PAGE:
LONGMONT — The internal investigation into an activist city worker is complete and being reviewed by top officials who are trying to figure out how to proceed.
City officials say they have finished the “information gathering” phase but maintain no conclusions have been drawn about the actions of recreation program supervisor Glenn Spagnuolo.
City officials are looking into possible misuse of his computer, cell phone and time in his support of controversial University of Colorado professor Ward Churchill. Spagnuolo faces termination, but could also be exonerated.
“The data-gathering is complete,” city spokesman Rigo Leal said of the internal Longmont investigation. “We are carefully reviewing the data.”
At the same time, Spagnuolo is suing the city to stop its investigation, and is now himself being sued for defamation by a KHOW radio show host.
That suit, filed last week by 630 KHOW-AM talk radio host Dan Caplis, claims Spagnuolo defamed him by saying he was accused of assaulting a woman during a 1977 CU fracas. Spagnuolo said Caplis’s lawsuit is “frivolous” and merely an extension of bad blood between him, Caplis and co-host Craig Silverman.
When talking to groups of reporters, Spagnuolo refuses to answer questions from Silverman.
The city did not provide a timeframe for deciding a final course of action for the Spagnuolo case now that it has completed its inquiry.
As part of its investigation, city Human Resources workers combed Spagnuolo’s computer, checked his e-mail and Internet use, and interviewed his co-workers.
Spagnuolo was also interviewed, and said the questions focused primarily on his activism. Spagnuolo was arrested and cleared for a protest against Columbus Day activities in Denver, and has attended numerous protests against globalization and what he considers unfair trade practices.
“A lot of it was really ridiculous stuff, like did I ever show co-workers some of the pictures from my vacation in Florida,” Spagnuolo said Monday. “Stuff that has no relevance to my job. They were really curious about my protest activities.”
Spagnuolo said he was unaware the city had completed its “data gathering” until told by a reporter.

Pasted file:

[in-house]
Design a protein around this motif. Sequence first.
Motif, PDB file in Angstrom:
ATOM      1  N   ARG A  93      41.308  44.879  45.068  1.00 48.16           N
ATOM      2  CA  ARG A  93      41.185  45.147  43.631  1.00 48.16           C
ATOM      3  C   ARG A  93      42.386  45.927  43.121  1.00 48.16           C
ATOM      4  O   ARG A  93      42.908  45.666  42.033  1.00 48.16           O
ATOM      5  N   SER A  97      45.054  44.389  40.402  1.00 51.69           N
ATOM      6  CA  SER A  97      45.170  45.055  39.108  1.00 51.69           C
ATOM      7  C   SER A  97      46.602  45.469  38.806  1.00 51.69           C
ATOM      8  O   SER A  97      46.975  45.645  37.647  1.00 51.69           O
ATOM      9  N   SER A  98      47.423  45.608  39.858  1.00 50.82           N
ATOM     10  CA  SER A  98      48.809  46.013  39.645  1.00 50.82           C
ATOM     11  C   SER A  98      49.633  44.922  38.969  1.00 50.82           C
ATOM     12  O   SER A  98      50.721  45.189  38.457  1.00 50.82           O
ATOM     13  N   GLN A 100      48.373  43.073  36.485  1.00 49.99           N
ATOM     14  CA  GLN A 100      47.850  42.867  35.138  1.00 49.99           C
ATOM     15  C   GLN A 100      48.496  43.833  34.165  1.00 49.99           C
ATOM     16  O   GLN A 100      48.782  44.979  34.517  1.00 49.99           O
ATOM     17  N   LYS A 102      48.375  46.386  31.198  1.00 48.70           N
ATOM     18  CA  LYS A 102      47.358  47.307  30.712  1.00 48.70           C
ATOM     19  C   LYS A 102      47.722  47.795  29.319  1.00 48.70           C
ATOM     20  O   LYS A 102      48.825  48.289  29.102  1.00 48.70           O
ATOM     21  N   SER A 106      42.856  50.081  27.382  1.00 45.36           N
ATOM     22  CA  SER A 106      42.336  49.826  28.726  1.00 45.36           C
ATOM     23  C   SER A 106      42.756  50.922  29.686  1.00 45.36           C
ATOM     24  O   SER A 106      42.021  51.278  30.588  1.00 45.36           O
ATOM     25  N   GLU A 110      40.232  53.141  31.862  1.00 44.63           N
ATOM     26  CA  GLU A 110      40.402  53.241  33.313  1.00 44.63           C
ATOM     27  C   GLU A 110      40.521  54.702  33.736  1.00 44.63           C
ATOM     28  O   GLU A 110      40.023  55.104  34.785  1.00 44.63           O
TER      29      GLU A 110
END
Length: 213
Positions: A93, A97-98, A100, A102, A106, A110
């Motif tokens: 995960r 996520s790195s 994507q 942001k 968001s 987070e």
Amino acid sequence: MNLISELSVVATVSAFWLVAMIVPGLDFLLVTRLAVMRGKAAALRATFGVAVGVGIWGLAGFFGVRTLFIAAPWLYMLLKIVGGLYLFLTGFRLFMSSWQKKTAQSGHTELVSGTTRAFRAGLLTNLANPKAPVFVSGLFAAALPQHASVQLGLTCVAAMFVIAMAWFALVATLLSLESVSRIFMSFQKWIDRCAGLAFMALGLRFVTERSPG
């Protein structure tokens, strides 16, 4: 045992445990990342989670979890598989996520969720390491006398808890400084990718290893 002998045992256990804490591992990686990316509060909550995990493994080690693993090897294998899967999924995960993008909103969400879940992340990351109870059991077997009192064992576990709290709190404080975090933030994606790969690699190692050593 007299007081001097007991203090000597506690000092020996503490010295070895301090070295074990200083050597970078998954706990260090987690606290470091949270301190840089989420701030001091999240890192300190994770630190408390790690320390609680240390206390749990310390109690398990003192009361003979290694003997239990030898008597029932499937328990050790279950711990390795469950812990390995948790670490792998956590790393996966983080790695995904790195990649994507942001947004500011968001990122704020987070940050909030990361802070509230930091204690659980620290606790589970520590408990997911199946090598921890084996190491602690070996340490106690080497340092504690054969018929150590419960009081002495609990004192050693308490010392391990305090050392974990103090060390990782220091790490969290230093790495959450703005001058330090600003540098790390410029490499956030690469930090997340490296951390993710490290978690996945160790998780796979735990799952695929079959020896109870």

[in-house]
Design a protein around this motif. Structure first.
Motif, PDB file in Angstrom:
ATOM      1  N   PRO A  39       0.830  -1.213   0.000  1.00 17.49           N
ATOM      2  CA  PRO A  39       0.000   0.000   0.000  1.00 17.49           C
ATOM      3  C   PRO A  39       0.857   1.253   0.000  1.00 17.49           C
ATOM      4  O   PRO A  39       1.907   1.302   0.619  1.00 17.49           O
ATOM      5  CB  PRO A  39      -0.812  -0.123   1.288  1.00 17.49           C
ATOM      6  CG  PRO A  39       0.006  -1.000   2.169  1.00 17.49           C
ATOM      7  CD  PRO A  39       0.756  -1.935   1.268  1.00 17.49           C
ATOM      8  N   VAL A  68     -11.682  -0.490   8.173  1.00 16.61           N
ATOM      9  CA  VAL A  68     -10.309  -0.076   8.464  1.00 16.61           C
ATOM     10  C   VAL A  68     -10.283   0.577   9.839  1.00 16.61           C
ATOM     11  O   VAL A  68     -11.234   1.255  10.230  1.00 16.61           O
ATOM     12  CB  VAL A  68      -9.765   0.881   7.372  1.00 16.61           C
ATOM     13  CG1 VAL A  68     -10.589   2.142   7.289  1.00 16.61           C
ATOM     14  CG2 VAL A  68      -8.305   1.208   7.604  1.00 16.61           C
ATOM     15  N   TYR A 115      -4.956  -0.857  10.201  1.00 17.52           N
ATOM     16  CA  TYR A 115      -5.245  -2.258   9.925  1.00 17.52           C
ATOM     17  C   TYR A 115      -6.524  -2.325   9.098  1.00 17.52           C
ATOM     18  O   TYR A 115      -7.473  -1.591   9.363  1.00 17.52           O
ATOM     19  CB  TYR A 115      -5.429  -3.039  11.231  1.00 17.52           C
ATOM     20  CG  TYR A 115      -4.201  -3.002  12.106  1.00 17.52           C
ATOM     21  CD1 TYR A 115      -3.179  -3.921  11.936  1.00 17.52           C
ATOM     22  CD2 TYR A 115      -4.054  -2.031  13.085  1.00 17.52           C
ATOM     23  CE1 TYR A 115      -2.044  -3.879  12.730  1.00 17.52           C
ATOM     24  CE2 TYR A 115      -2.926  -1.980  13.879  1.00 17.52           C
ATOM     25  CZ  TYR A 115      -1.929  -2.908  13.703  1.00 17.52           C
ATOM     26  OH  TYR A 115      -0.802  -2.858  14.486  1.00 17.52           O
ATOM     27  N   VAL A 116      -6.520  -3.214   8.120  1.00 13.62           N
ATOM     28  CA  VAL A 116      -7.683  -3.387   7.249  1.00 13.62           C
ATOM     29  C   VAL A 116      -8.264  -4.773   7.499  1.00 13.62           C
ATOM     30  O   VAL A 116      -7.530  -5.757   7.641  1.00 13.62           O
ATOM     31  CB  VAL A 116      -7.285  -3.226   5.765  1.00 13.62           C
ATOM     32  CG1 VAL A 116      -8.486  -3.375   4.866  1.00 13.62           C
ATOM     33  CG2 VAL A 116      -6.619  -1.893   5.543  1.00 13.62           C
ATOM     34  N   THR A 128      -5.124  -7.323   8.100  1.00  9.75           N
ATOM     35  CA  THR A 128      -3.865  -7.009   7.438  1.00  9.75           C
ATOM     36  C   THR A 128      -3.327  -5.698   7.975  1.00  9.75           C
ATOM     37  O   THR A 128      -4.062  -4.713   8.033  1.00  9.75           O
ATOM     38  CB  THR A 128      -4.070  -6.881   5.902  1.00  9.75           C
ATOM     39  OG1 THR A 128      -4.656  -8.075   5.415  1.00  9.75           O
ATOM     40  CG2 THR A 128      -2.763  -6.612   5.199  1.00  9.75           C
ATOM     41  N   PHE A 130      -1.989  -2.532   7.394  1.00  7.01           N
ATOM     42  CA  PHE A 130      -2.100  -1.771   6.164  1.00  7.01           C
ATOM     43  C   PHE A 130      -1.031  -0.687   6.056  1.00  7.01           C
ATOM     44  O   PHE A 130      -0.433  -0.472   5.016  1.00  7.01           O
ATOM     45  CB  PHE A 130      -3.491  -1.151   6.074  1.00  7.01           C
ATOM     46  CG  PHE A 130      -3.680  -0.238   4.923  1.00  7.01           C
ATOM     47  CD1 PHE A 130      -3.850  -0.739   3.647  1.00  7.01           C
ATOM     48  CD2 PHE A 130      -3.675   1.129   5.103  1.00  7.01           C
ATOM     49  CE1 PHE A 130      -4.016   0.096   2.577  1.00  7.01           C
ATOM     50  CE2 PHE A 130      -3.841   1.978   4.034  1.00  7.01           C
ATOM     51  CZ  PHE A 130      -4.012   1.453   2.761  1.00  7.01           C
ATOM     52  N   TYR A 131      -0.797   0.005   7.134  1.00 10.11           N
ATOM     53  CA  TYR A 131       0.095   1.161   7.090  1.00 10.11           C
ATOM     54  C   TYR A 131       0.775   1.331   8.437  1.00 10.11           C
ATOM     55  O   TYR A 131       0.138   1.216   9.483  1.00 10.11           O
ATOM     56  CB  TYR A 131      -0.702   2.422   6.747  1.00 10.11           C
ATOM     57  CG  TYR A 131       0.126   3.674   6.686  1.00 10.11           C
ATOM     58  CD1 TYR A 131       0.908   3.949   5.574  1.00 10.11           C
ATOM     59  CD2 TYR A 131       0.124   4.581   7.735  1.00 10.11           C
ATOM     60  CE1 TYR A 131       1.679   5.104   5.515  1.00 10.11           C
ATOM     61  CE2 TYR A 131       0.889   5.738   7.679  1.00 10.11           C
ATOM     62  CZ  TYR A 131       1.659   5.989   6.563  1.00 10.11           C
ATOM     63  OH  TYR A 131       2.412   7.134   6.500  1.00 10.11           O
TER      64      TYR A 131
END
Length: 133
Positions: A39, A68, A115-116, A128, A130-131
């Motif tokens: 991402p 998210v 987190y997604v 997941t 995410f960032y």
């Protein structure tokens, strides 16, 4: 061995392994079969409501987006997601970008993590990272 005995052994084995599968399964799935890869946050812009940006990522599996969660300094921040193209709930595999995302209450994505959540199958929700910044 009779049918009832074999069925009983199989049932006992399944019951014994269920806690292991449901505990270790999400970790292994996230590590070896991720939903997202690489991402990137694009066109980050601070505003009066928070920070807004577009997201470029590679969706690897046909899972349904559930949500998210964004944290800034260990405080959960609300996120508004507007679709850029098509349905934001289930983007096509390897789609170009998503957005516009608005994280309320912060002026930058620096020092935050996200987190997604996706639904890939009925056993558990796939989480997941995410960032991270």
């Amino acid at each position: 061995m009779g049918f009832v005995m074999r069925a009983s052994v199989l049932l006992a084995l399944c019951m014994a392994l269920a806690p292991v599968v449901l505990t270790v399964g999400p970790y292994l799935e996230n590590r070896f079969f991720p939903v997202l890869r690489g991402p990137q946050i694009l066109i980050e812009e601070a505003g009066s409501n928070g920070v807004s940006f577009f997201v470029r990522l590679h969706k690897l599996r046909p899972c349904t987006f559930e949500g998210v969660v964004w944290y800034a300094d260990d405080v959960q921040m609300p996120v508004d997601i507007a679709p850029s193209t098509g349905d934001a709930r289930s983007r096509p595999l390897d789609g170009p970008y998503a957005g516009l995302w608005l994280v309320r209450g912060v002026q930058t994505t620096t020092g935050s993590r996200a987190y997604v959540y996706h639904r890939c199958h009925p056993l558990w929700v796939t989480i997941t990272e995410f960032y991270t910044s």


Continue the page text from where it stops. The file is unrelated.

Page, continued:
He said the city could have avoided the reams of bad publicity it has received by approaching him informally. Spagnuolo believes the city publicized its investigation by calling KHOW radio anonymously. City officials reject that suggestion and say Spagnuolo sought publicity by sending out a press release.
E-mails and letters have been pouring into city hall supporting Spagnuolo, and the city has been roundly criticized as trampling his free-speech rights.
Still, a federal judge has upheld the city’s right to conduct the investigation, which city officials say is necessary to ensure public money is being spent appropriately.
Spagnuolo said he believes any violations — and he doesn’t think there were any — would be considered minor. Much of the investigation appears to hinge on the city’s definition of “occasional” as it relates to personal use of computers and cell phones.
As an example, Spagnuolo said he acknowledged printing a protest flyer from his work computer but said it was done after hours and on his own time.
The city has also looked at whether Spagnuolo used his city cell phone too frequently, although he reimbursed taxpayers for personal calls. Spagnuolo has since acquired a second cell phone and tells people to dial that one unless they are calling on city business.
“Is it really worth all the money (the city has) spent? They could have just talked to me,” Spagnuolo said. “Even if there was a concern in their mind about policy violations — they’ve wasted tens of thousands of dollars over something that could have been settled over lunch.”
He added: “We could have just sat down and dialogued like an other employee and employer. When I’m at work, I’m a different Glenn Spagnuolo.”
City officials have declined to comment on the specifics of the investigation, but during a court hearing, they said they were upset about comments Spagnuolo made on a KHOW radio program in March defending Churchill. Both Churchill and Spagnuolo said violence can be an option to solving problems with the government.
Spagnuolo insists he considers that a last resort and prefers nonviolence.
Trevor Hughes can be reached at
303-684-5220, or by e-mail at